Morrissey, as an artist and performer, instigates conversations about the manifestations of human suffering and pain and the conditions that facilitate their existence. He does not provide simple or overly didactic solutions to these situations and for the most part, in his art, he avoids prescribing an absolute point of view that doesn't leave room for critical engagement. Remember that an artist and storyteller like Morrissey can create characters who extol virtues and express feelings that are not necessarily reflective of his own. It could reasonably be argued that in the process of authentically expressing the emotions that give rise to negative perspectives, Morrissey might actually encourage the growth of these feelings in listeners who possess the psychological and emotional state of mind he explores (and often satirically deconstructs) in his work. An artist is under no obligation to finish the conversation which he/she starts or contributes to nor is an artist responsible for safeguarding his/her work from misinterpretation or misapplication. Every person has a responsibility to critically evaluate those elements of culture that he/she holds most dear, to defend their merit, and to be receptive to meaningful counterpoints. Being a Morrissey fan is a tricky thing; the dynamic nature of his exploration of the full range of human emotions and of particularly reactionary social and political issues within that spectrum, is often obscured in favor of a lopsided focus on the morbid sadness prevalent in his work. Further, since every Morrissey fan or critic constructs a unique context in which Morrissey's songs can be interpreted, the active process of interpretation is permanently ongoing.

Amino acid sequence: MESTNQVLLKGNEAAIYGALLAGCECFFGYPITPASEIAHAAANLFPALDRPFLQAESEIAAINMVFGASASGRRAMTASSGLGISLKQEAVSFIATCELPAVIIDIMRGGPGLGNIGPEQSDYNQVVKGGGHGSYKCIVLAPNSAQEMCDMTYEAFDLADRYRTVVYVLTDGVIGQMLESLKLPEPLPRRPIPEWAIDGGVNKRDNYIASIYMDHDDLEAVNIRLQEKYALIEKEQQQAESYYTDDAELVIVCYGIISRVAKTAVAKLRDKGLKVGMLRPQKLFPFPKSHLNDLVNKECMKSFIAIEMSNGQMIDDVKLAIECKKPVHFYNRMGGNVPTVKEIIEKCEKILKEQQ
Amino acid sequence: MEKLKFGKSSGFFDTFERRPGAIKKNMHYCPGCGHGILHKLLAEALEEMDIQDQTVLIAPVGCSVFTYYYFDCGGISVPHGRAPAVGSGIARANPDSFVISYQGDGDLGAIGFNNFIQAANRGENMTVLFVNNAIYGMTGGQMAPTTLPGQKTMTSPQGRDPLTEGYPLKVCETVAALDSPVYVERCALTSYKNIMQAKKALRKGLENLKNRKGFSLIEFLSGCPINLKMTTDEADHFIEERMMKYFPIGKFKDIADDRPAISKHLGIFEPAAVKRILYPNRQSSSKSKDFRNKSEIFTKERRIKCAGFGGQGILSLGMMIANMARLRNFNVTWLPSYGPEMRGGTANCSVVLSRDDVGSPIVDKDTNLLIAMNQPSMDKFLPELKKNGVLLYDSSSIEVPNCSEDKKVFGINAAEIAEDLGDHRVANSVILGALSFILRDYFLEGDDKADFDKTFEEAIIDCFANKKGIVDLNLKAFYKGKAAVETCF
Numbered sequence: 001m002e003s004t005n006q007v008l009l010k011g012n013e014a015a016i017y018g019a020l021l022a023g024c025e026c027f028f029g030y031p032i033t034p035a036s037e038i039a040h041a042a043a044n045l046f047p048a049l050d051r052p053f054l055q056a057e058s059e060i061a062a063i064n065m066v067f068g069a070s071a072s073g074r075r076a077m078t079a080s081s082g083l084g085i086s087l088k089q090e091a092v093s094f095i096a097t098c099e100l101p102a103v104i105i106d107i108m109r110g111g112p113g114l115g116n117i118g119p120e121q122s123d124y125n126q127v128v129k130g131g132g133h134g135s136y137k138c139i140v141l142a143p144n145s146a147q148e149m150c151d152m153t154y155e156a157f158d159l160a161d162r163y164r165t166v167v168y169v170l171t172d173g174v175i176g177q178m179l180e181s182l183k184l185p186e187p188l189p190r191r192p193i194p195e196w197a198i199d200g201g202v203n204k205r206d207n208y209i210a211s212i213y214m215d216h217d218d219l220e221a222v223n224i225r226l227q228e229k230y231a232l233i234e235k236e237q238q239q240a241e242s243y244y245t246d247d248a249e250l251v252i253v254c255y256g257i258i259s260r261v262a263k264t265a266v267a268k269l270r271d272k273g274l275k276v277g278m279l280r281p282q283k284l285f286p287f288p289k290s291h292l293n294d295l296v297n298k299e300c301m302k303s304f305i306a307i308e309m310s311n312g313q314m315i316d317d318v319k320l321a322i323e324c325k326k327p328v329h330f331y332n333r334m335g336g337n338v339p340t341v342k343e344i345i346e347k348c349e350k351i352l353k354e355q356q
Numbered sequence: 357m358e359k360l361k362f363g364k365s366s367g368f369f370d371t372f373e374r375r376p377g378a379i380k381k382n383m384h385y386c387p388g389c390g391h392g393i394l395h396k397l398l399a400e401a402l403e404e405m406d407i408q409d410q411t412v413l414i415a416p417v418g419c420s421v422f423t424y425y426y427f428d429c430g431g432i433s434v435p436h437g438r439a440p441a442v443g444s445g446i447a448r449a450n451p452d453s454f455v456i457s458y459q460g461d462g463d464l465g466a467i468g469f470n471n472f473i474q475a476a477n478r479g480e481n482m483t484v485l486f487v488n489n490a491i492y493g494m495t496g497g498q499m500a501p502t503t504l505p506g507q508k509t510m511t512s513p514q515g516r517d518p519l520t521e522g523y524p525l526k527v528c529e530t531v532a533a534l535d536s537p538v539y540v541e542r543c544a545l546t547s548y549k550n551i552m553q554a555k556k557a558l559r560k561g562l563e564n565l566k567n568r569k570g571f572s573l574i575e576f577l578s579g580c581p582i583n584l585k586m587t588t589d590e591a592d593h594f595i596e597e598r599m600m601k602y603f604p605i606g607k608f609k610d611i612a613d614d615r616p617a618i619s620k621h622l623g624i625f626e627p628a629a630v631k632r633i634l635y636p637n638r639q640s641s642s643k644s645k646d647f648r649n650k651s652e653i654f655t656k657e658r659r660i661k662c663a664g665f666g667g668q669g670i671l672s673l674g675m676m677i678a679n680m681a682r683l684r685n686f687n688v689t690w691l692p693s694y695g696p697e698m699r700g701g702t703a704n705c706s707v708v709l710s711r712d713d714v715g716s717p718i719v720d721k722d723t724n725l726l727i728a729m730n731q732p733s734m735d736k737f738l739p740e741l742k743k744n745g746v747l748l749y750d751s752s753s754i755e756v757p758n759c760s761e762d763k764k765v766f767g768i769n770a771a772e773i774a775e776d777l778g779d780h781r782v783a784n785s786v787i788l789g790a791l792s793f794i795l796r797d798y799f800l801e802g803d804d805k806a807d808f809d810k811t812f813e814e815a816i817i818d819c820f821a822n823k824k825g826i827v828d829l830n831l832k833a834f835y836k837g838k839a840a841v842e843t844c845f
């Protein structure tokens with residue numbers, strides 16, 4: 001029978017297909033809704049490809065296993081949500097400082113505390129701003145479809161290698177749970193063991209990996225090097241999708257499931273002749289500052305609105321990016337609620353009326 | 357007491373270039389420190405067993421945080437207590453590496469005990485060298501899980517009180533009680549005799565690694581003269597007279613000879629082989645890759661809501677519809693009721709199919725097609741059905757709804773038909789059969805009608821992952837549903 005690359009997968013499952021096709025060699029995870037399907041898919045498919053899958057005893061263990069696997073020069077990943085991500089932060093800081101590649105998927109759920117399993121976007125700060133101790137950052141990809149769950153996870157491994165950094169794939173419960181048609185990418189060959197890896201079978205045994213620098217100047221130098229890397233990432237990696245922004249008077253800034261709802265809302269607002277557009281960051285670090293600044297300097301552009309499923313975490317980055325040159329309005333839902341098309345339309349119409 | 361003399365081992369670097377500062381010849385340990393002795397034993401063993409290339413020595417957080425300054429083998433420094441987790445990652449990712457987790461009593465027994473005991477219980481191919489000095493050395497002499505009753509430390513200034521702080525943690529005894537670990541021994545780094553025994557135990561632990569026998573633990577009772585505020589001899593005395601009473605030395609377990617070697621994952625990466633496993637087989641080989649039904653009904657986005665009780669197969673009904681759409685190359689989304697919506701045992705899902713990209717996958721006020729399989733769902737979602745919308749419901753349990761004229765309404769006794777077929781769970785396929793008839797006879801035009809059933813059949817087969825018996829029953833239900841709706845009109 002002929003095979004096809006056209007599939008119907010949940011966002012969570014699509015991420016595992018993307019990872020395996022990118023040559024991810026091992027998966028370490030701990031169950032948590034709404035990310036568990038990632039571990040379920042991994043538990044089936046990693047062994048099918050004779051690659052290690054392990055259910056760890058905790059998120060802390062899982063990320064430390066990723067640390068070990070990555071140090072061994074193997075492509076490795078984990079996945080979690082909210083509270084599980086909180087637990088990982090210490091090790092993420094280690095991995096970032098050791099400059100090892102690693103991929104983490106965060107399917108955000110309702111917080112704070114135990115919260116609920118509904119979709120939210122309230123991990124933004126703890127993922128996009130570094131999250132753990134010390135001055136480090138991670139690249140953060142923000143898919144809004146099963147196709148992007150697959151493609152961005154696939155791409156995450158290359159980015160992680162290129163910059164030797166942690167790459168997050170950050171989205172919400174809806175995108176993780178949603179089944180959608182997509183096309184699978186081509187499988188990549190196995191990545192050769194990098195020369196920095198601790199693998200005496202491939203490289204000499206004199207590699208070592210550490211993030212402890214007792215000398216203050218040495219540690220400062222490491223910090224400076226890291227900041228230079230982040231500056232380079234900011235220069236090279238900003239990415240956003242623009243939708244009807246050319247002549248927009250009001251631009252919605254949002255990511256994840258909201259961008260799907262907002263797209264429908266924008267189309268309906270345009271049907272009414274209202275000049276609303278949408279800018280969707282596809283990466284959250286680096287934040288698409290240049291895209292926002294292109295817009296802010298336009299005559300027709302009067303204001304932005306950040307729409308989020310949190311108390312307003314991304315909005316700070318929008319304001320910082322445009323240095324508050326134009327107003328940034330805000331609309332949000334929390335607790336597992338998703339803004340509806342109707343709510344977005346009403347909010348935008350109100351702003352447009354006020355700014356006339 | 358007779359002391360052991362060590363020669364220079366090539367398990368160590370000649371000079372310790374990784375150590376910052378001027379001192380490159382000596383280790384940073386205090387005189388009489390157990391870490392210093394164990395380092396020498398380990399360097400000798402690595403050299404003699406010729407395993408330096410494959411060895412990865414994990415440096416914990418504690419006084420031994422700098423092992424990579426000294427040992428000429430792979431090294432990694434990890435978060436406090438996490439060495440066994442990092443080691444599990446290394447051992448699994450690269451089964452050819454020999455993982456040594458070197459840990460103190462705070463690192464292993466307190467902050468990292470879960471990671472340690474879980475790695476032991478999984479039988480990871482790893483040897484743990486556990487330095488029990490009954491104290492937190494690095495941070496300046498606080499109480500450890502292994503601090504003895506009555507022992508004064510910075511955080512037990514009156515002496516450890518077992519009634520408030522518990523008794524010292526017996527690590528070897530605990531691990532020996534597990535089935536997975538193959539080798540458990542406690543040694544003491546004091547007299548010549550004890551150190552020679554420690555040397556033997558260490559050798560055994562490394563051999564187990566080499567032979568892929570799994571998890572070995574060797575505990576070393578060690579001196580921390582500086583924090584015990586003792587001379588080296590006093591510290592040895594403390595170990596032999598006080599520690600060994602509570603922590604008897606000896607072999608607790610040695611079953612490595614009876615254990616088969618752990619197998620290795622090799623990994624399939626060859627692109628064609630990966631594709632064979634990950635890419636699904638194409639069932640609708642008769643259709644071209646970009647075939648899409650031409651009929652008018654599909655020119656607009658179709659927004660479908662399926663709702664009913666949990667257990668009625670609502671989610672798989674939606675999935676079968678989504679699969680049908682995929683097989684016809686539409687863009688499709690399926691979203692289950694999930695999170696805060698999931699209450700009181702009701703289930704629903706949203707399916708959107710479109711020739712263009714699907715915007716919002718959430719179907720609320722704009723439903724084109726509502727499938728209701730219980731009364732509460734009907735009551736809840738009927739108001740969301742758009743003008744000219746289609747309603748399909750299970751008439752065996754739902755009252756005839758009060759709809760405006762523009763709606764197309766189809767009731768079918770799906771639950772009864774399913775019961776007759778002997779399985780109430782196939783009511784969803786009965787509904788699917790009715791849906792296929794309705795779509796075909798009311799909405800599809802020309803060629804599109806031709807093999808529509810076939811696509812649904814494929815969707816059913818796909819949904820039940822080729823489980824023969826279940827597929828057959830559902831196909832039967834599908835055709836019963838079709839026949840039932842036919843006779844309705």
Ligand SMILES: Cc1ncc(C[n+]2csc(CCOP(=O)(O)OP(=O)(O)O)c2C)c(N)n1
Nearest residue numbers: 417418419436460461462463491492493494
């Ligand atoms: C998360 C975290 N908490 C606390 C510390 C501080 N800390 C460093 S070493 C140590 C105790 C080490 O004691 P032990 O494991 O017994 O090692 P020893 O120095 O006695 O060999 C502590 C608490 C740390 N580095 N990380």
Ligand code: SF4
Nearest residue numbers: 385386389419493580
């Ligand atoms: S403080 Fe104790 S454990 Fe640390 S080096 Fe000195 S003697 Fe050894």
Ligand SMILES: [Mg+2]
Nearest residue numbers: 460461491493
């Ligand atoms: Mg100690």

Perhaps most importantly, it is necessary to keep in mind that one can be critical of certain aspects of an artist's work (in Morrissey's case, his political statements and extension of personhood to animals are particularly divisive issues, even among otherwise ardent fans) while still appreciating some measure of what is inevitably imperfectly expressed. It is possible to try to synthesize all of the aspects of Morrissey's public persona into one synthetic and often contradictory whole, but any attempt I would undertake to do so would detract from the simple fact that I think his music alone is sufficient. His music, both as I have experienced it live and listened to it on recordings, reminds me that it is ok to be angry, sad, and disgusted by myself and the world around me. At the same time, there is that always self-aware humor to remind me that much of what I experience as suffering and pain is actually a result of social constructions that I have internalized, contributed to, and thereby legitimized. Although I didn't discover Morrissey's music while I was grappling with an educational system that didn't understand me (and still doesn't), the honesty and inclusiveness of his treatment of isolating self-awareness represents a much better way to confront those feelings than any system which seeks to magically belittle, mock, scorn, medicate, or defeat them.
Morrissey's music captures the essential incongruity of life, those weird moments during which we are thoroughly aware of the devastating and sometimes comically absurd nature of our encounters with others in the world around us. Listening to Morrissey creatively affirm this reality, I am aware that nothing can completely obliterate the lingering effects of the pain I have suffered in the past, fully soften the impact of my current struggles, or make me impervious to future agony—and that’s ok.